This thesis explores island constraints in the L2 English of Norwegian learners, in connection to issues of transfer and learnability. Despite claims of universal treatment, current research has found cross-linguistic differences; English rejects all island constraint violations, while Norwegian accepts some of the same violations. Under standard views on transfer, the insensitivity to island constraints in the L1 Norwegian speakers’ grammar would predict a corresponding (if slightly reduced) insensitivity in the L2 English grammar. Accordingly, this thesis aims to uncover whether the participants’ L2 grammar display parametric settings equivalent to the suggested L1 grammar, i.e., whether island constraints and island insensitivity are subject to transfer. The research focused on three syntactic constructions: embedded questions, relative clauses and subject phrases. Additionally, the thesis examines whether the universal account of island constraints can be maintained despite cross-linguistic differences.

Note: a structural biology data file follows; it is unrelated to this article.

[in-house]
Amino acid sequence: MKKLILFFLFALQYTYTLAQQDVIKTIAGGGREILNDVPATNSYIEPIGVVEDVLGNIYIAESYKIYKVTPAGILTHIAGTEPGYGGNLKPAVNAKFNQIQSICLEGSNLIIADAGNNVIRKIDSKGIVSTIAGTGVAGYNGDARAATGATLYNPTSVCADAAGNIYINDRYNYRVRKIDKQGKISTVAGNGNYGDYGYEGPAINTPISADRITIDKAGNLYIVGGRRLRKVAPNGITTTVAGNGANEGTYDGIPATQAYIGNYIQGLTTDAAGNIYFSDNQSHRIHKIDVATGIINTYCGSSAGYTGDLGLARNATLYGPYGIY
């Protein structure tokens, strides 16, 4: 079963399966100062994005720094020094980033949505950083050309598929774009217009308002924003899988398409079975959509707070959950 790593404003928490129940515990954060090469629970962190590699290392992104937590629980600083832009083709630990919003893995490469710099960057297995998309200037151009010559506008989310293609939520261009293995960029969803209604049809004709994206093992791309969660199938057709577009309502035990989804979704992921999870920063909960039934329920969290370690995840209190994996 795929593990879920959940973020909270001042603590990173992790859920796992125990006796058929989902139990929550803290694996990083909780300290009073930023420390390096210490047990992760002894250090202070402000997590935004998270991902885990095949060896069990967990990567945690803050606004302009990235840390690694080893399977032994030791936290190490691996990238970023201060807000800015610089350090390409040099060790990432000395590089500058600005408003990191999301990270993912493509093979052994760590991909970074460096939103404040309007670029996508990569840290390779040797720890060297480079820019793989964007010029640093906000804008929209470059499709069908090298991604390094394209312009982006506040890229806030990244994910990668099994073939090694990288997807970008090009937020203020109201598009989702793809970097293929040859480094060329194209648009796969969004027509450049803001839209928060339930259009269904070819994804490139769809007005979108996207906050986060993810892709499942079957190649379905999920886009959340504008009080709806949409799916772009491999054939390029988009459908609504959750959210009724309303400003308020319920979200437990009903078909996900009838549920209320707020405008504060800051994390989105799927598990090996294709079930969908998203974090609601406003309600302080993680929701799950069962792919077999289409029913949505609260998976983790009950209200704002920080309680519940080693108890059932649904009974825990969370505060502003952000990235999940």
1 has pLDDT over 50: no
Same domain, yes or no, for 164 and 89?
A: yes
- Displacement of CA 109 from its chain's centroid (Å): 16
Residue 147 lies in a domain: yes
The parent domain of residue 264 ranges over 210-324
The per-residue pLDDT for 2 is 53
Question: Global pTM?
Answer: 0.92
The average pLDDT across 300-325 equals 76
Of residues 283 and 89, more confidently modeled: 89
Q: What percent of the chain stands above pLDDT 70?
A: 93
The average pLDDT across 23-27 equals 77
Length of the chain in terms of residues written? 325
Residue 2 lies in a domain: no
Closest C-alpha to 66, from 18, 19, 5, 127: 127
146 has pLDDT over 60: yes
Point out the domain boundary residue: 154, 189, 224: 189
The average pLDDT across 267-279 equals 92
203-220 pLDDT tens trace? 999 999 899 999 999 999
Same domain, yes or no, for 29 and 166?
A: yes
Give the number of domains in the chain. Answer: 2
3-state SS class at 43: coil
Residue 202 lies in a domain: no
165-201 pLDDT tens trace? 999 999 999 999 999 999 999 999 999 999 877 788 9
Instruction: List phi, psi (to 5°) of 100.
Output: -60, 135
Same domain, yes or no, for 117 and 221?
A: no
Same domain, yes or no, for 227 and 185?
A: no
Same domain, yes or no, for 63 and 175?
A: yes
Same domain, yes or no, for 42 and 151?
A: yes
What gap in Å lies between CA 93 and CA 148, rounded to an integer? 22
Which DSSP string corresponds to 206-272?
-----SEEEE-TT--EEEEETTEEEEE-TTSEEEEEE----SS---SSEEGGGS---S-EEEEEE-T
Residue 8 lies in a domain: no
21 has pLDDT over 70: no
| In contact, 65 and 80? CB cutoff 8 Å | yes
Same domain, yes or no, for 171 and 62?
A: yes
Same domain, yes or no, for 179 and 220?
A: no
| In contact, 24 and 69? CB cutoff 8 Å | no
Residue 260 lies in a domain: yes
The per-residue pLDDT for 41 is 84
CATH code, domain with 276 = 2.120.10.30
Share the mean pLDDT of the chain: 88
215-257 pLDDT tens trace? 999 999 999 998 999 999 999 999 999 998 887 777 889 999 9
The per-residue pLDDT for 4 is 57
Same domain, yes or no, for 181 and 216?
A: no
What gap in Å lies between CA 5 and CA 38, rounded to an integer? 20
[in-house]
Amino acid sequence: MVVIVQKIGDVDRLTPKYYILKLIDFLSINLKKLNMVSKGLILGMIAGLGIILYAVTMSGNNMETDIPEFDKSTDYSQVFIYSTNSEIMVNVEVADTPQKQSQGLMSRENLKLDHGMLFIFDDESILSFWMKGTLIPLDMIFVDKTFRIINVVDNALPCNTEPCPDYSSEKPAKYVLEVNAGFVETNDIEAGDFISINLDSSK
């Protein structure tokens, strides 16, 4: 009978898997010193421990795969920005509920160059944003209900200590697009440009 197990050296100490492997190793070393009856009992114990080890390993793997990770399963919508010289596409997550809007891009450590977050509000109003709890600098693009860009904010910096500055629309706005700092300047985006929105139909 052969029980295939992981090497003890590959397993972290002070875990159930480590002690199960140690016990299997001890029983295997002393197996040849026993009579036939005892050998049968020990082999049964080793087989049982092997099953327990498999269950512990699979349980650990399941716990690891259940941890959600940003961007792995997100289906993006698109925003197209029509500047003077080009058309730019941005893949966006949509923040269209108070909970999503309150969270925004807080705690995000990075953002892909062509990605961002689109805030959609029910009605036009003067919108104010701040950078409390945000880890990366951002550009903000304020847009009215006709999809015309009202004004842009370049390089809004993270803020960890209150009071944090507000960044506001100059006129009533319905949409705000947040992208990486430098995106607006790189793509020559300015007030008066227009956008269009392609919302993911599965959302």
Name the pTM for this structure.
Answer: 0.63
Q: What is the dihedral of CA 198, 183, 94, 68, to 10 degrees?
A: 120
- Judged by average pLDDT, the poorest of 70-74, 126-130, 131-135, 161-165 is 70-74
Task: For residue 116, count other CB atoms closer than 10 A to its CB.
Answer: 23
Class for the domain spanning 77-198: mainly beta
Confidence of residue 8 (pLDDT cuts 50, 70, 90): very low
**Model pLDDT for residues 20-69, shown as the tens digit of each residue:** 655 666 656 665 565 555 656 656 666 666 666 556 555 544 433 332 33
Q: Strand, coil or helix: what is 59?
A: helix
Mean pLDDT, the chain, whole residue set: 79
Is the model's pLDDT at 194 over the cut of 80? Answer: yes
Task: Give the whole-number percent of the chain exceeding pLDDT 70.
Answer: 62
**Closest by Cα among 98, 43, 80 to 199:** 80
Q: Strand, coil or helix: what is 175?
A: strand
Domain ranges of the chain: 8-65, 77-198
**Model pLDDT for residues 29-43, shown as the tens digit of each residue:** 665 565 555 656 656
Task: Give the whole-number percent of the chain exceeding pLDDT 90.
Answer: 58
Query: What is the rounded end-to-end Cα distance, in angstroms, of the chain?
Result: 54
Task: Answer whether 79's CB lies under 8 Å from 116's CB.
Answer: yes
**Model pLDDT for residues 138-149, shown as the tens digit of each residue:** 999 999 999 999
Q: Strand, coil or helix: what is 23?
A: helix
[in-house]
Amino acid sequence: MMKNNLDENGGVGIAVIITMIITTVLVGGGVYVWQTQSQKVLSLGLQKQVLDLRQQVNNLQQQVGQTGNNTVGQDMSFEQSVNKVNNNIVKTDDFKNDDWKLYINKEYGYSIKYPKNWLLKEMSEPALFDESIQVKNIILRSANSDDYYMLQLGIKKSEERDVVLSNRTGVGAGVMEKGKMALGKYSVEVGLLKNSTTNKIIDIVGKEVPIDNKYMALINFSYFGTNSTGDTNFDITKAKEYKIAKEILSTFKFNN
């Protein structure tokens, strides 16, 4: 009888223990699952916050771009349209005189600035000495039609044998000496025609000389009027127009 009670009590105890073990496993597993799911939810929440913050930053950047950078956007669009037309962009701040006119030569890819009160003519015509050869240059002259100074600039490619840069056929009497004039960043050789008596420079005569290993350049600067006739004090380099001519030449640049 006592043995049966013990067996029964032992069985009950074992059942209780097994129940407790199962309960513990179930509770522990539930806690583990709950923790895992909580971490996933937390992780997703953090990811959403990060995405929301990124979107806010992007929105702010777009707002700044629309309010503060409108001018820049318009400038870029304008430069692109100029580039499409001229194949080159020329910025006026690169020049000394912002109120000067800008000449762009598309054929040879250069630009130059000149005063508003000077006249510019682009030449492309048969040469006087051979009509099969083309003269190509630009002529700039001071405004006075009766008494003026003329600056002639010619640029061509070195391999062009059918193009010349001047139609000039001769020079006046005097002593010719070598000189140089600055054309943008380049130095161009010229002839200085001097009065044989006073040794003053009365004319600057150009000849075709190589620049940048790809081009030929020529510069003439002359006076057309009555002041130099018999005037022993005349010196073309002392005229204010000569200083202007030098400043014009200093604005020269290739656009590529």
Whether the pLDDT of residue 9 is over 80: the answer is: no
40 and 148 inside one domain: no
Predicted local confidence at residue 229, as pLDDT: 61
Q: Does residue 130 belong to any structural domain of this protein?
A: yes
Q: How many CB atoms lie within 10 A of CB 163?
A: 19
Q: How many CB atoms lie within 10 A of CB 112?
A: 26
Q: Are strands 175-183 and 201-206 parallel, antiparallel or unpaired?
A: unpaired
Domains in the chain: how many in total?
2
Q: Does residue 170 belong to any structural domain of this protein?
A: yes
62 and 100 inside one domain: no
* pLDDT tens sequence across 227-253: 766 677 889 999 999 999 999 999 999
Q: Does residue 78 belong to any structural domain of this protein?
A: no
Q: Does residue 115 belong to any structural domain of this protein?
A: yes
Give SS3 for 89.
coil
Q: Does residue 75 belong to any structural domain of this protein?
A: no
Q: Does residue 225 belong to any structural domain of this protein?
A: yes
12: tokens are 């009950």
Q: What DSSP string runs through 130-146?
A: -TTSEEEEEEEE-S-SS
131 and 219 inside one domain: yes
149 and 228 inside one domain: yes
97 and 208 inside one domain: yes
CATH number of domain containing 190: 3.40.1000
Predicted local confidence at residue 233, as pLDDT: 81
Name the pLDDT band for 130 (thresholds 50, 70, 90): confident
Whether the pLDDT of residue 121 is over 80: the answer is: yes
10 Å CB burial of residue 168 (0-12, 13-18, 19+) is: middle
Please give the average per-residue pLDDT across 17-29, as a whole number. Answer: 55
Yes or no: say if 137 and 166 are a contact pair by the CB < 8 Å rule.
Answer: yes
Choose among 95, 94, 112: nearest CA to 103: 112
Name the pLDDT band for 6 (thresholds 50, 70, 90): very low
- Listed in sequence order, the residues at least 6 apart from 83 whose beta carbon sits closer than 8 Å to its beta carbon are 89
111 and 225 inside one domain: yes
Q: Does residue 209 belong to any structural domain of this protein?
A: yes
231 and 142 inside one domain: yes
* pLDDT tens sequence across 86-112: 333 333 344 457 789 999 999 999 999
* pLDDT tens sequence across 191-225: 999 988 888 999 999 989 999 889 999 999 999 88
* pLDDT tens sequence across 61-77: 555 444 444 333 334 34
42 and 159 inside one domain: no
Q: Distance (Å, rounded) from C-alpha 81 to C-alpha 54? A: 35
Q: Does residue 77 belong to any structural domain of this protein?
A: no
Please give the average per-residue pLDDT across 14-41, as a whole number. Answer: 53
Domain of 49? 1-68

The L1 Norwegian and L2 English grammar of an experimental group and the L1 English grammar of a control group were examined through acceptability judgment tests. The tests were developed in accordance with the factorial design (Sprouse, 2007). Analysis of the judgments resulted in inconclusive findings regarding learnability issues in SLA. However, based on the experiments’ results, previous research and current theories on cross-linguistic influence, I argue for indications of transfer in the participants’ L2 grammar, aligning with the FT/FA-model (Schwartz & Sprouse, 1994, 1996). Additionally, the results align with previous findings suggesting an extended complementizer domain in Norwegian (e.g., Nyvad, Christensen, & Vikner, 2015), which enables a universal account of syntactic islands, despite cross-linguistic differences.